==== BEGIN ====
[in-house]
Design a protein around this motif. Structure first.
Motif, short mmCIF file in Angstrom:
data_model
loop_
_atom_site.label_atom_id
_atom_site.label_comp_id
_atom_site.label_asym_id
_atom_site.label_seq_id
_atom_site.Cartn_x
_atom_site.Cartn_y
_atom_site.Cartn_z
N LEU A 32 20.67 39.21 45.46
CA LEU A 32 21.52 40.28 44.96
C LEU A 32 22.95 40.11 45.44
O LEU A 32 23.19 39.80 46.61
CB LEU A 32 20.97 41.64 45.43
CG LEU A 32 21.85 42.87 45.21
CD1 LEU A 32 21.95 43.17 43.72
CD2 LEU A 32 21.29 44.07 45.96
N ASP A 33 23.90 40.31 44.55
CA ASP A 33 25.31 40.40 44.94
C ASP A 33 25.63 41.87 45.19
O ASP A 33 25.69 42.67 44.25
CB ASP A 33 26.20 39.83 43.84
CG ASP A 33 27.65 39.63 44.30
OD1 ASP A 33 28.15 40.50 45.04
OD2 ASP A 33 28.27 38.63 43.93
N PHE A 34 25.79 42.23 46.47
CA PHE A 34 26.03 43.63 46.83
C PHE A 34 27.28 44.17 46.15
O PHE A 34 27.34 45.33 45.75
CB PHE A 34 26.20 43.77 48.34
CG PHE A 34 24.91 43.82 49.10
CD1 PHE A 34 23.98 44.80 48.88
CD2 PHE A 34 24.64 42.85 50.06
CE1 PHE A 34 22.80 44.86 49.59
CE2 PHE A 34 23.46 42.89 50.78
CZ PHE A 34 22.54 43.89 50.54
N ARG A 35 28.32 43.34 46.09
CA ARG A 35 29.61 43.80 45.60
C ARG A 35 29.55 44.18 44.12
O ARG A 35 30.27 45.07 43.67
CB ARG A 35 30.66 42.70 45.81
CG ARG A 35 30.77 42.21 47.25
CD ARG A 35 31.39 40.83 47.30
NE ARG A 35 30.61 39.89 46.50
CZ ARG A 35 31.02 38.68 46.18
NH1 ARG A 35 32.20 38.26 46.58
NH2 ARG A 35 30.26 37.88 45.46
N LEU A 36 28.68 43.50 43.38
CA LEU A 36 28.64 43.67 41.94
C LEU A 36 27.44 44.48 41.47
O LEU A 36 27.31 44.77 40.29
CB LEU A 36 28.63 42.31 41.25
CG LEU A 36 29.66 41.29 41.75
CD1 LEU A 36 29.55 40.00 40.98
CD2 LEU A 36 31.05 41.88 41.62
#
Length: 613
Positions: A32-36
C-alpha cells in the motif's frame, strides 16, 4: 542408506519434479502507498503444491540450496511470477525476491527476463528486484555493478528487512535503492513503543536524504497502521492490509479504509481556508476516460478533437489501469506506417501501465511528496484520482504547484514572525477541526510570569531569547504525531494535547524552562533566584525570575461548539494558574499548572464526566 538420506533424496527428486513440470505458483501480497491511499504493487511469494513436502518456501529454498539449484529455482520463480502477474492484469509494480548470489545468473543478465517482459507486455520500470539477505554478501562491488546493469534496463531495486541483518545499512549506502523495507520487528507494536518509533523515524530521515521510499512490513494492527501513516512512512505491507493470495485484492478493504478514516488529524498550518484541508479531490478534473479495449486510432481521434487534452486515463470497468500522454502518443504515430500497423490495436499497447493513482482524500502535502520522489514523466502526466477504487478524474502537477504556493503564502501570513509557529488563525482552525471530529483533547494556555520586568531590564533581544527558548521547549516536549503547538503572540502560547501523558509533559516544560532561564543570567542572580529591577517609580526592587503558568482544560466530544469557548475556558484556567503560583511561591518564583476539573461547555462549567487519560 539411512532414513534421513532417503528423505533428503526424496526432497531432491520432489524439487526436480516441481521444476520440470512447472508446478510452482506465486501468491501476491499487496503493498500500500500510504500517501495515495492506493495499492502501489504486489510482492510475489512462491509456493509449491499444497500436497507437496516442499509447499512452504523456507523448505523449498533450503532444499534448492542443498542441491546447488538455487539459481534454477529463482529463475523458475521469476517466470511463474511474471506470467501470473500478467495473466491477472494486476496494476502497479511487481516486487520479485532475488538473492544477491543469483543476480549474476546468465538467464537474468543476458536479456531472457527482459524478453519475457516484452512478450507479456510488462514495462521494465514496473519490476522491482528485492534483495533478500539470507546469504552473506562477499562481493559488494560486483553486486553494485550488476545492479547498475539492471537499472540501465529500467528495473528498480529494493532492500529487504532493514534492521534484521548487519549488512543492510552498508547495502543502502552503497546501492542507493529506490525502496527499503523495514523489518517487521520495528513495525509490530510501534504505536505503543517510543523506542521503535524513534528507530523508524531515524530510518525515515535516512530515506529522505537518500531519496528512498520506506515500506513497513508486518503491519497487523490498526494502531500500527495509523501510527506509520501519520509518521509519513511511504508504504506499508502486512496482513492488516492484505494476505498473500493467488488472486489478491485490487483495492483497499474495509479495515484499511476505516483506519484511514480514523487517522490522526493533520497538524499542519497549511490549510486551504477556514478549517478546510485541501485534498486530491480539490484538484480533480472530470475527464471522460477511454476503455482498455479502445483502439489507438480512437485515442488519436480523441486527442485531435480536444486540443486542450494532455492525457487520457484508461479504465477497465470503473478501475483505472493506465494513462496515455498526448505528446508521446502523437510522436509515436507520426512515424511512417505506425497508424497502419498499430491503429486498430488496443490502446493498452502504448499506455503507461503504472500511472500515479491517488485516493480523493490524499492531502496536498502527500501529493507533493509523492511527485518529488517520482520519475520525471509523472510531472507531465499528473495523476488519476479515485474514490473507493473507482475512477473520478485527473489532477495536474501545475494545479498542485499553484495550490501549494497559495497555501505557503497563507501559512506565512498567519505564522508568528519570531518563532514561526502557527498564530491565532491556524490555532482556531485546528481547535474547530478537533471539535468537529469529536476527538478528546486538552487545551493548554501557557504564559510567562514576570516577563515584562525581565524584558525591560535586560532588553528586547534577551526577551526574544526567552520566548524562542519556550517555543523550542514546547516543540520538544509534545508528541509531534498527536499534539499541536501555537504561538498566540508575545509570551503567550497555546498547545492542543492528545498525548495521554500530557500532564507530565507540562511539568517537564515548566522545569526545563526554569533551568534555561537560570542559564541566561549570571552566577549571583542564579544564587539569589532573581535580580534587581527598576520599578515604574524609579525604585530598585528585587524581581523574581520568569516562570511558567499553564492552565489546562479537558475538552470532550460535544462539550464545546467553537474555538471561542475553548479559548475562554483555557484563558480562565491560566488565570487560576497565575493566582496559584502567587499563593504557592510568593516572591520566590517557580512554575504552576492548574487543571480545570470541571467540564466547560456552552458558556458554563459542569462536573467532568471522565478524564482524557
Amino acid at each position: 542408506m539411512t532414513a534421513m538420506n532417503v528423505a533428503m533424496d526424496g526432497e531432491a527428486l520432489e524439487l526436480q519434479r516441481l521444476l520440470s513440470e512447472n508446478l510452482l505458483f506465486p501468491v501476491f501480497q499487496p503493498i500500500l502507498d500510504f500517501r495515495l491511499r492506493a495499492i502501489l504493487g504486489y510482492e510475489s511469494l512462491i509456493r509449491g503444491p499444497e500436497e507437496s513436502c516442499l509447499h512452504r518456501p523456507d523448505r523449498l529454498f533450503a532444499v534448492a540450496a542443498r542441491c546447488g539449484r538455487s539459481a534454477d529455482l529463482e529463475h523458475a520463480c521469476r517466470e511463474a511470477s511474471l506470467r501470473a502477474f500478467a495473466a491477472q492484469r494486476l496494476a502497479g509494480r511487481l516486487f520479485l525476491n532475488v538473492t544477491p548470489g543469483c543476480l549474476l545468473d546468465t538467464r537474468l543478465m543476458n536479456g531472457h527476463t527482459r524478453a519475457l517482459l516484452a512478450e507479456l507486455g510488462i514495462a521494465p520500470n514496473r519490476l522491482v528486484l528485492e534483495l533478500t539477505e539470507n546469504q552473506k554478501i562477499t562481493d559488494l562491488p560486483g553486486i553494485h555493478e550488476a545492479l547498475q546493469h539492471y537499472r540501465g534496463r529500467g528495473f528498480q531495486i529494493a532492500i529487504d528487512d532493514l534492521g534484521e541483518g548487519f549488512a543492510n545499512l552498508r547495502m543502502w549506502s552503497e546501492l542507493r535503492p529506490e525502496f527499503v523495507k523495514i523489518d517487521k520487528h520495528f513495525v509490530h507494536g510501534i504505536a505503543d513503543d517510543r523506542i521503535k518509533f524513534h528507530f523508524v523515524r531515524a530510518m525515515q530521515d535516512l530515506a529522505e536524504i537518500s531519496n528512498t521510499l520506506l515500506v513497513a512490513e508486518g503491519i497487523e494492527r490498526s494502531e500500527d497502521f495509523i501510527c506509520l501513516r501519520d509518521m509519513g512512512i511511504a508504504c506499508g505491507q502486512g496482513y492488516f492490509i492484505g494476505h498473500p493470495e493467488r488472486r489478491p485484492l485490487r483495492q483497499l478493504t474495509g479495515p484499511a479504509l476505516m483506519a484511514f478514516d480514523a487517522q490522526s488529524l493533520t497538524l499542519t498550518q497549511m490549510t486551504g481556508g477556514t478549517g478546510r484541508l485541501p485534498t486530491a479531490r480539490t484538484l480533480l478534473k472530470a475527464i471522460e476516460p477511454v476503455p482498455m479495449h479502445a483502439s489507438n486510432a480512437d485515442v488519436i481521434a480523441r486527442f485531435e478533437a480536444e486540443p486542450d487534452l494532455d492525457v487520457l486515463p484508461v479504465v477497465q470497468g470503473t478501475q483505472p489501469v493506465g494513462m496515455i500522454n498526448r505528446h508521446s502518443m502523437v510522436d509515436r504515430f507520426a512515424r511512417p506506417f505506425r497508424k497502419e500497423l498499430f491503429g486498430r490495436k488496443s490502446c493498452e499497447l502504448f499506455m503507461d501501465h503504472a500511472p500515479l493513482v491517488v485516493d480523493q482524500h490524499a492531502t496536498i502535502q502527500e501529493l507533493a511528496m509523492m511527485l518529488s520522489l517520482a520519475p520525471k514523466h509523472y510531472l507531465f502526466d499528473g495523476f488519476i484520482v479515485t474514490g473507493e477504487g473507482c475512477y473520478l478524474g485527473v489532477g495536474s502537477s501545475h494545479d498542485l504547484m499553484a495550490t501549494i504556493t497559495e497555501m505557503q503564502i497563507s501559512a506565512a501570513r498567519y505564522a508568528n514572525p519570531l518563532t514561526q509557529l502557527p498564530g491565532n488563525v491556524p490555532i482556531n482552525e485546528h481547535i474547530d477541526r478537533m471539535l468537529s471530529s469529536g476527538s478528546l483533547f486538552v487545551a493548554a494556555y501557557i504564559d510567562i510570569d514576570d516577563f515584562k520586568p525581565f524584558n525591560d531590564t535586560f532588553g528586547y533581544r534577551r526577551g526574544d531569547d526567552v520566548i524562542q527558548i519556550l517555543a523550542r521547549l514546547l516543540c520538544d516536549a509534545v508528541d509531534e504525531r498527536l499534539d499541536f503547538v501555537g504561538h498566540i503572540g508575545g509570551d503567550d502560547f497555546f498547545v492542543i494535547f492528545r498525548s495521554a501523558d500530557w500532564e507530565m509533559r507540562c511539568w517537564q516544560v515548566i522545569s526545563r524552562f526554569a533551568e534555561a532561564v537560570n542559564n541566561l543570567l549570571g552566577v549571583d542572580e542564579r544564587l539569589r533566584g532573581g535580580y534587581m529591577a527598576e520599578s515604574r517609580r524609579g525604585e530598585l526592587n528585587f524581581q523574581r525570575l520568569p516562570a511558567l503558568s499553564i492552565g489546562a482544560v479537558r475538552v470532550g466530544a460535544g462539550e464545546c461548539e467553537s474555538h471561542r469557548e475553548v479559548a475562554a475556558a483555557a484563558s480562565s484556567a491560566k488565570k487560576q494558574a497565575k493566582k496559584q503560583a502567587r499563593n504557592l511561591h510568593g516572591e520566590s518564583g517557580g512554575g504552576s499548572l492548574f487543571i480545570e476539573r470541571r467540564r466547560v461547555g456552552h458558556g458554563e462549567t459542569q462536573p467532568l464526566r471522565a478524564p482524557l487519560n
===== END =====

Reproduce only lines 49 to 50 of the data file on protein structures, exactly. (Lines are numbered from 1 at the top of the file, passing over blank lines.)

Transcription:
NH1 ARG A 35 32.20 38.26 46.58
NH2 ARG A 35 30.26 37.88 45.46